Monitoring of the state of charge of the thermal energy storage component in solar thermal systems for space heating and/or cooling in residential buildings is a key element from the overall system control strategy point of view. According to the literature, there is not a unique method for determining the state of charge of a thermal energy storage system that could generally be applied in any system. This contribution firstly provides a classification of the state-of-the-art of available techniques for the determination of the state of charge, and secondly, it presents an experimental analysis of different methods based on established sensor technologies, namely temperature, mass flow rates, and pressure measurements, tested using a lab-scale heat exchanger filled with a commercial phase change material for cooling applications.
The results indicate that, depending on the expected accuracy and available instrumentation, each of the methods studied here can be used in the present application, the deviations between the methods generally being below 20%. This study concludes that a proper combination of two or more of these methods would be the ideal strategy to obtain a more reliable and accurate estimation of the state of charge of the latent heat thermal energy storage.
New research results from the HYBUILD project have been published by University of Lleida – GREiA Research Group – in the Applied Sciences journal .
The implementation of thermal energy storage systems using phase change materials to support the integration of renewable energies is a key element that allows reducing the energy consumption in buildings by increasing self-consumption and system efficiency. The selection of the most suitable phase change material is an important part of the successful implementation of the thermal energy storage system. The aim of this paper is to present the methodology used to assess the suitability of potential phase change materials to be used in two innovative energy storage systems, one of them being mainly intended to provide cooling, while the other provides heating and domestic hot water to residential buildings. The selection methodology relies on a qualitative decision matrix, which uses some common features of phase change materials to assign an overall score to each material that should allow comparing the different options. Experimental characterization of the best candidates was also performed to help in making a final decision. The results indicate some of the most suitable candidates for both systems, with RT4 being the most promising commercial phase change material for the system designed to provide cooling, while for the system designed to provide heating and domestic hot water, the most promising candidate is RT64HC, another commercial product.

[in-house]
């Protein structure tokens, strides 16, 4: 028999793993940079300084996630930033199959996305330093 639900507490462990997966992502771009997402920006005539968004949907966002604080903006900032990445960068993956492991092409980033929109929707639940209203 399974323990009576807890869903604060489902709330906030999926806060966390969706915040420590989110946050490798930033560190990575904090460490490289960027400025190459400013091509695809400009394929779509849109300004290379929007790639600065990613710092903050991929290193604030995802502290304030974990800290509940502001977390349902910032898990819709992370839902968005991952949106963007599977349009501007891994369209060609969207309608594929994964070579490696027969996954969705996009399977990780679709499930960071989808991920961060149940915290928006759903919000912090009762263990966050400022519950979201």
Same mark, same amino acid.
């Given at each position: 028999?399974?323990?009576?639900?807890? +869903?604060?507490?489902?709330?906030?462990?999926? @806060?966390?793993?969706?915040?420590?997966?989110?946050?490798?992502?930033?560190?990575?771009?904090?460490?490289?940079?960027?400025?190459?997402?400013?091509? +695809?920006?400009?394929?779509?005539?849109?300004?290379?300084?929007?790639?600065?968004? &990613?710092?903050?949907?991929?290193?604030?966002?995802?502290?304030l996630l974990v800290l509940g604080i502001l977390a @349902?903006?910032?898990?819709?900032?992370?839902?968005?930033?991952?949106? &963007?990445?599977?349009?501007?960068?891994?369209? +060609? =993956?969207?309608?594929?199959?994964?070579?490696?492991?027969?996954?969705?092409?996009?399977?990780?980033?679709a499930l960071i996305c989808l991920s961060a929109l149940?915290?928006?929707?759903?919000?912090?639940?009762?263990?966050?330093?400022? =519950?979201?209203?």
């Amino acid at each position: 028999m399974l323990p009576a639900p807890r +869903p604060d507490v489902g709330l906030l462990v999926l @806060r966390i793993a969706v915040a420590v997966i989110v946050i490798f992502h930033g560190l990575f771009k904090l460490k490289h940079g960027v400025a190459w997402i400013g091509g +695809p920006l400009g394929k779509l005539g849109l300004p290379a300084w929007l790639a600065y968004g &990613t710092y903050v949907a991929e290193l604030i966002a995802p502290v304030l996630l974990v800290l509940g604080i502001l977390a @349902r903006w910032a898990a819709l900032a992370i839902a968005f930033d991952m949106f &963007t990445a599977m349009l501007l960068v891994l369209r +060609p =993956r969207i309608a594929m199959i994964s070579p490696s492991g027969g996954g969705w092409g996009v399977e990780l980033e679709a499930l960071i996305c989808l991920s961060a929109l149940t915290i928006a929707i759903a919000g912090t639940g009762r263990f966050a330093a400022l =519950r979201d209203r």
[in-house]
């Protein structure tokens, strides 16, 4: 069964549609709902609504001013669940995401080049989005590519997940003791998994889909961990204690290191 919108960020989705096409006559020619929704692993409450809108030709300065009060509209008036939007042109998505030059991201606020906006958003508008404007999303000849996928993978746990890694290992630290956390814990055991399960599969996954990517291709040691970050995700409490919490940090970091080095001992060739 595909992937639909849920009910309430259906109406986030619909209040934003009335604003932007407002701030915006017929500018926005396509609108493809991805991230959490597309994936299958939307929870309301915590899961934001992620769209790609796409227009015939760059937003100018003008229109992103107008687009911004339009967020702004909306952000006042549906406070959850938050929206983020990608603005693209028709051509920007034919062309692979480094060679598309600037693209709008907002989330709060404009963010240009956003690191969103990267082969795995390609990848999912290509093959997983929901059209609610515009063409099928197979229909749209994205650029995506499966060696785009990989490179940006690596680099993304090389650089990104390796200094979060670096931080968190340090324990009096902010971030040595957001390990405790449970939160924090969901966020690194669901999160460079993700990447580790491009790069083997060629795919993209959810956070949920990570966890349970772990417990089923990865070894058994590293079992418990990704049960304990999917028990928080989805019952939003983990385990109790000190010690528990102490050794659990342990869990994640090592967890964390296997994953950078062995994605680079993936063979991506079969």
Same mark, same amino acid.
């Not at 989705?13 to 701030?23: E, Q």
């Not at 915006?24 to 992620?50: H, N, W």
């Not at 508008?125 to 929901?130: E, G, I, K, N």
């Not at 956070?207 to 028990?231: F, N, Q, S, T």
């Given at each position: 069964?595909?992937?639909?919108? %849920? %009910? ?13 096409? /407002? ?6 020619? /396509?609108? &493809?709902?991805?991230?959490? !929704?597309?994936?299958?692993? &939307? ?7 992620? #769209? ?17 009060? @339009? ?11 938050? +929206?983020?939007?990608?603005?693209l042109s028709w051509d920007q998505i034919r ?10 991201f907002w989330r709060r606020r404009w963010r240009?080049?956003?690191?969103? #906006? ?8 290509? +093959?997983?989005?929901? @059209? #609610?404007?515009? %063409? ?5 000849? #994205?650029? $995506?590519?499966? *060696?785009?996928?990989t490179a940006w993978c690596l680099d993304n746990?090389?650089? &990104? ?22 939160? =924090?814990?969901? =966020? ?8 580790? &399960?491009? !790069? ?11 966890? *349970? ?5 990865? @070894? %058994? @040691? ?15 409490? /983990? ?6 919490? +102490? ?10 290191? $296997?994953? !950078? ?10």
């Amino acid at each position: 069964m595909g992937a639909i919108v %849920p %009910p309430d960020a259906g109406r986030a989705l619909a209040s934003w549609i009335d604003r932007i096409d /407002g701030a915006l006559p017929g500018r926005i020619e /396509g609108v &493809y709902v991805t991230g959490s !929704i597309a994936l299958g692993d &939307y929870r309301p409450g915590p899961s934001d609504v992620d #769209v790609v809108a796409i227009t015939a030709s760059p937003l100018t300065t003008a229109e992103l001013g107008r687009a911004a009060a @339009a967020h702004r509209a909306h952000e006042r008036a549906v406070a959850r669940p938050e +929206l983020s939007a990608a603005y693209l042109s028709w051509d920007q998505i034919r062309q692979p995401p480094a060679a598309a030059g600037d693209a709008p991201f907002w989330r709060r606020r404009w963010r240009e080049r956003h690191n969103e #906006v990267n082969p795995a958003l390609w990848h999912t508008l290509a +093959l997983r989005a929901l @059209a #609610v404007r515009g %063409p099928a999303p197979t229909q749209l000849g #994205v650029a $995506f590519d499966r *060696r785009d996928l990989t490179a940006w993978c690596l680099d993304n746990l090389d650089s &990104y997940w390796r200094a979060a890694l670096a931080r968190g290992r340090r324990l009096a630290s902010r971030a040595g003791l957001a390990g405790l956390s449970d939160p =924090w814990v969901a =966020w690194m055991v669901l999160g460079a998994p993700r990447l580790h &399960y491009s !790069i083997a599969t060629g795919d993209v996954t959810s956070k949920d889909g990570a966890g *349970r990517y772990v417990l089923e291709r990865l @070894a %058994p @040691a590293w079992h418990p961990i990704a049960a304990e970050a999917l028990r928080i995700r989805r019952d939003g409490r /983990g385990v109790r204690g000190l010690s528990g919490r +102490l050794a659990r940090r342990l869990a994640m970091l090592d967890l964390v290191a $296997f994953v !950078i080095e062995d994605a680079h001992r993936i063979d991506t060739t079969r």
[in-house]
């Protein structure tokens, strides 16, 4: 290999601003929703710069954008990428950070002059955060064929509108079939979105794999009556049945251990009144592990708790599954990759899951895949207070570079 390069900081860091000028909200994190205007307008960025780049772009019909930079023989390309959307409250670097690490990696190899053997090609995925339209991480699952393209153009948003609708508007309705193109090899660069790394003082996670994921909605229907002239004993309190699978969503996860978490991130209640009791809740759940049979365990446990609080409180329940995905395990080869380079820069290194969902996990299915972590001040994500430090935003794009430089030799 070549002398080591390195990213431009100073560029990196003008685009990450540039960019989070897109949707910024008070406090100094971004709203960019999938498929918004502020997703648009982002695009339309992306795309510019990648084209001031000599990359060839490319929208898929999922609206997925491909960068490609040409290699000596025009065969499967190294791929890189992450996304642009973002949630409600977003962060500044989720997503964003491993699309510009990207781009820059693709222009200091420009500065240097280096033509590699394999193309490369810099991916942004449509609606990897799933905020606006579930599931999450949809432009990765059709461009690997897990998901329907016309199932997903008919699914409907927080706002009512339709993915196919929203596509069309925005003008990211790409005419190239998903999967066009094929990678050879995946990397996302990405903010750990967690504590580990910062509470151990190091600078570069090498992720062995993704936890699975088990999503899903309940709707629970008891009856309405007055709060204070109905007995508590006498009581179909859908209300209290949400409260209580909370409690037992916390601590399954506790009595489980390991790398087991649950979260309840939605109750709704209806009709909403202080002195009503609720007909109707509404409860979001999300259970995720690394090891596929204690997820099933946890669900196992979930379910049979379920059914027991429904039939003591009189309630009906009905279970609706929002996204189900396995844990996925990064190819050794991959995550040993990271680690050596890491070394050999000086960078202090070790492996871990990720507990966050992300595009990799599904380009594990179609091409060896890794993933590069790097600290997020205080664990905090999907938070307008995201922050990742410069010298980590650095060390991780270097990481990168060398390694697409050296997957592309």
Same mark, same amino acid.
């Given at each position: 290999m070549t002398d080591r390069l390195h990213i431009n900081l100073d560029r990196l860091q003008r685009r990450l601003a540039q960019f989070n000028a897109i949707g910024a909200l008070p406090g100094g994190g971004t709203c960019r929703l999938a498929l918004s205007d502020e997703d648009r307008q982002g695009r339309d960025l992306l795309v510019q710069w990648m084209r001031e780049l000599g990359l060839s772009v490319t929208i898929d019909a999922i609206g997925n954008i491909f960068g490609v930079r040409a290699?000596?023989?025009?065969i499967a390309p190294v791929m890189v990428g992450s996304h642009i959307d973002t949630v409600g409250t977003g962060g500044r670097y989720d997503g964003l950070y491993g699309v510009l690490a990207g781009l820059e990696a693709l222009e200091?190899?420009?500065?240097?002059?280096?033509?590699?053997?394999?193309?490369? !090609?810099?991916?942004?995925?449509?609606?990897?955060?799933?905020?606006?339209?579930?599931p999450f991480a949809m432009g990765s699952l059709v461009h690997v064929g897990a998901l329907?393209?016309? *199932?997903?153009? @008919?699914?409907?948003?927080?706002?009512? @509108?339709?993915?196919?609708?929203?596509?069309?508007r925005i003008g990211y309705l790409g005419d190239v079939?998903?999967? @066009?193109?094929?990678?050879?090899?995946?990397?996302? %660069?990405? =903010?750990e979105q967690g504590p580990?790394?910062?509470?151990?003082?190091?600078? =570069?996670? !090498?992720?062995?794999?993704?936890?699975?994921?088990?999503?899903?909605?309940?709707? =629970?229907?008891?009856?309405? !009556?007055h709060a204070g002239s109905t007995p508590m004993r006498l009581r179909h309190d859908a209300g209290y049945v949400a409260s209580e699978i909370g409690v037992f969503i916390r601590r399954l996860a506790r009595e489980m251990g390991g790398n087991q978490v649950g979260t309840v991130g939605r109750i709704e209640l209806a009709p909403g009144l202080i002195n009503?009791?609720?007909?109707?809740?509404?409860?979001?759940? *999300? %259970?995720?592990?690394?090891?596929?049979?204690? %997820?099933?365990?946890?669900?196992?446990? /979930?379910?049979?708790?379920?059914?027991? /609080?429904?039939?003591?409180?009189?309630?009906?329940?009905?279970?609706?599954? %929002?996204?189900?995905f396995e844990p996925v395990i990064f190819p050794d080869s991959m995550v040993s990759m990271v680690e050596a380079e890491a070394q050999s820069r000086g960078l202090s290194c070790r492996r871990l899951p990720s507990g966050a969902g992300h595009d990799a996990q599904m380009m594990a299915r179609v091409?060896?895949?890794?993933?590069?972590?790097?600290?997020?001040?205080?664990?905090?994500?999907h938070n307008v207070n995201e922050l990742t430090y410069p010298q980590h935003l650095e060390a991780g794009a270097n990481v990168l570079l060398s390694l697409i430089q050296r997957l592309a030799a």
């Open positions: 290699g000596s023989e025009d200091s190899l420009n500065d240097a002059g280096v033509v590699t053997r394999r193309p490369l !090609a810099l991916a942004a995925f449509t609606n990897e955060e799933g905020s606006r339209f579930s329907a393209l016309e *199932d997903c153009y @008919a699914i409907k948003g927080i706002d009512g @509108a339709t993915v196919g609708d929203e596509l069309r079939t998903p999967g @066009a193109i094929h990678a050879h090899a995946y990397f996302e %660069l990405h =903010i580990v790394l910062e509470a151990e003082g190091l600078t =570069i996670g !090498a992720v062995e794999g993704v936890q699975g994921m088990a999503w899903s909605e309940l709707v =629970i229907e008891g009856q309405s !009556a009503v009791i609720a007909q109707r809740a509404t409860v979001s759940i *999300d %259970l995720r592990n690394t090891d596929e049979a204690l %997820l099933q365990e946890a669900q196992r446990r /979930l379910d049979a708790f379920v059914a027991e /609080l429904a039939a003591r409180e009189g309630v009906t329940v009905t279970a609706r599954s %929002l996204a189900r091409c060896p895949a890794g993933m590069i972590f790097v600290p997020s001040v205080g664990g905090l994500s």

HYBUILD partner R2M Solution is organising a series of online webinars called ‘R2M Online Academy’.
On Tuesday 5th May 2020, HYBUILD was presented within a session focused on how to get involved in Horizon 2020 European collaborative research and innovation projects. The presentation detailed available funding and their mechanisms.